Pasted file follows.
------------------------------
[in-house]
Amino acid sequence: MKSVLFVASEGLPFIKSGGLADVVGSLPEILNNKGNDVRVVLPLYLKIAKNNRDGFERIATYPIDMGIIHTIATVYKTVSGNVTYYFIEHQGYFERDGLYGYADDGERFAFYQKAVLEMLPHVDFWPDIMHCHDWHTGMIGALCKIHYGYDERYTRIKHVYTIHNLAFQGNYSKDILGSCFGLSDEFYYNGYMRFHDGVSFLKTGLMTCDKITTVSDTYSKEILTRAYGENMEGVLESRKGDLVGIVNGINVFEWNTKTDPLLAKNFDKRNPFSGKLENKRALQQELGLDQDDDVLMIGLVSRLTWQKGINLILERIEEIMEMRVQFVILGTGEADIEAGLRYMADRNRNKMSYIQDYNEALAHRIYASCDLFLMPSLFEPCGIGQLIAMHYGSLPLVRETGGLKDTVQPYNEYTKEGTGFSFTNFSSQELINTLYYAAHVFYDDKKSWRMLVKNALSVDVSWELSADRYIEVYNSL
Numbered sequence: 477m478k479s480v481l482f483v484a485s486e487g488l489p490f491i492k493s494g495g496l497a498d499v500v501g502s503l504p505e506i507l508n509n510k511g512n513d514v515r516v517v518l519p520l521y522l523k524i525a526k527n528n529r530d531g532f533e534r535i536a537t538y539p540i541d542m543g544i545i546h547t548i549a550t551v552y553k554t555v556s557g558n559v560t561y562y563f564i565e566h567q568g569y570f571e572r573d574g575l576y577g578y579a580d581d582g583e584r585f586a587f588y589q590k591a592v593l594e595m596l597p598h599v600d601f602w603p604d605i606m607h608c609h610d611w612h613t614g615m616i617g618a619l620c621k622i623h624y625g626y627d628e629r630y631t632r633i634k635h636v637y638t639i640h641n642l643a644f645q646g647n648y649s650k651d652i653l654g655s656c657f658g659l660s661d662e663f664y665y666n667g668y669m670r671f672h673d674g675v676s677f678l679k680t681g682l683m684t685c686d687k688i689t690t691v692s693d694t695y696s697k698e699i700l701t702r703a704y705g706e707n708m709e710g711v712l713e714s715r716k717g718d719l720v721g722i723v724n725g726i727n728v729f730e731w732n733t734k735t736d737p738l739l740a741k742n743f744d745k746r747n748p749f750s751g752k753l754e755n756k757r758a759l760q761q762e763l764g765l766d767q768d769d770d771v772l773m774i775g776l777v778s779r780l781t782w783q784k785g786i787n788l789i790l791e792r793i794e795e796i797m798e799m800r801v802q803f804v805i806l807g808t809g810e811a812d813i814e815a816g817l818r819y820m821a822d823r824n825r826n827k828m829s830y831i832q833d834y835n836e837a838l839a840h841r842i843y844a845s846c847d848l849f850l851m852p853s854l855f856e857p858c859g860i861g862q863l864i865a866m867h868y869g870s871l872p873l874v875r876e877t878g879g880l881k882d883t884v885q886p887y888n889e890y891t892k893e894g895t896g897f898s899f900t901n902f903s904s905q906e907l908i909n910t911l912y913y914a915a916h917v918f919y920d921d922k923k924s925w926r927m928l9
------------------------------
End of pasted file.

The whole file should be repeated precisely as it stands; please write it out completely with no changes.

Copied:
[in-house]
Amino acid sequence: MKSVLFVASEGLPFIKSGGLADVVGSLPEILNNKGNDVRVVLPLYLKIAKNNRDGFERIATYPIDMGIIHTIATVYKTVSGNVTYYFIEHQGYFERDGLYGYADDGERFAFYQKAVLEMLPHVDFWPDIMHCHDWHTGMIGALCKIHYGYDERYTRIKHVYTIHNLAFQGNYSKDILGSCFGLSDEFYYNGYMRFHDGVSFLKTGLMTCDKITTVSDTYSKEILTRAYGENMEGVLESRKGDLVGIVNGINVFEWNTKTDPLLAKNFDKRNPFSGKLENKRALQQELGLDQDDDVLMIGLVSRLTWQKGINLILERIEEIMEMRVQFVILGTGEADIEAGLRYMADRNRNKMSYIQDYNEALAHRIYASCDLFLMPSLFEPCGIGQLIAMHYGSLPLVRETGGLKDTVQPYNEYTKEGTGFSFTNFSSQELINTLYYAAHVFYDDKKSWRMLVKNALSVDVSWELSADRYIEVYNSL
Numbered sequence: 477m478k479s480v481l482f483v484a485s486e487g488l489p490f491i492k493s494g495g496l497a498d499v500v501g502s503l504p505e506i507l508n509n510k511g512n513d514v515r516v517v518l519p520l521y522l523k524i525a526k527n528n529r530d531g532f533e534r535i536a537t538y539p540i541d542m543g544i545i546h547t548i549a550t551v552y553k554t555v556s557g558n559v560t561y562y563f564i565e566h567q568g569y570f571e572r573d574g575l576y577g578y579a580d581d582g583e584r585f586a587f588y589q590k591a592v593l594e595m596l597p598h599v600d601f602w603p604d605i606m607h608c609h610d611w612h613t614g615m616i617g618a619l620c621k622i623h624y625g626y627d628e629r630y631t632r633i634k635h636v637y638t639i640h641n642l643a644f645q646g647n648y649s650k651d652i653l654g655s656c657f658g659l660s661d662e663f664y665y666n667g668y669m670r671f672h673d674g675v676s677f678l679k680t681g682l683m684t685c686d687k688i689t690t691v692s693d694t695y696s697k698e699i700l701t702r703a704y705g706e707n708m709e710g711v712l713e714s715r716k717g718d719l720v721g722i723v724n725g726i727n728v729f730e731w732n733t734k735t736d737p738l739l740a741k742n743f744d745k746r747n748p749f750s751g752k753l754e755n756k757r758a759l760q761q762e763l764g765l766d767q768d769d770d771v772l773m774i775g776l777v778s779r780l781t782w783q784k785g786i787n788l789i790l791e792r793i794e795e796i797m798e799m800r801v802q803f804v805i806l807g808t809g810e811a812d813i814e815a816g817l818r819y820m821a822d823r824n825r826n827k828m829s830y831i832q833d834y835n836e837a838l839a840h841r842i843y844a845s846c847d848l849f850l851m852p853s854l855f856e857p858c859g860i861g862q863l864i865a866m867h868y869g870s871l872p873l874v875r876e877t878g879g880l881k882d883t884v885q886p887y888n889e890y891t892k893e894g895t896g897f898s899f900t901n902f903s904s905q906e907l908i909n910t911l912y913y914a915a916h917v918f919y920d921d922k923k924s925w926r927m928l9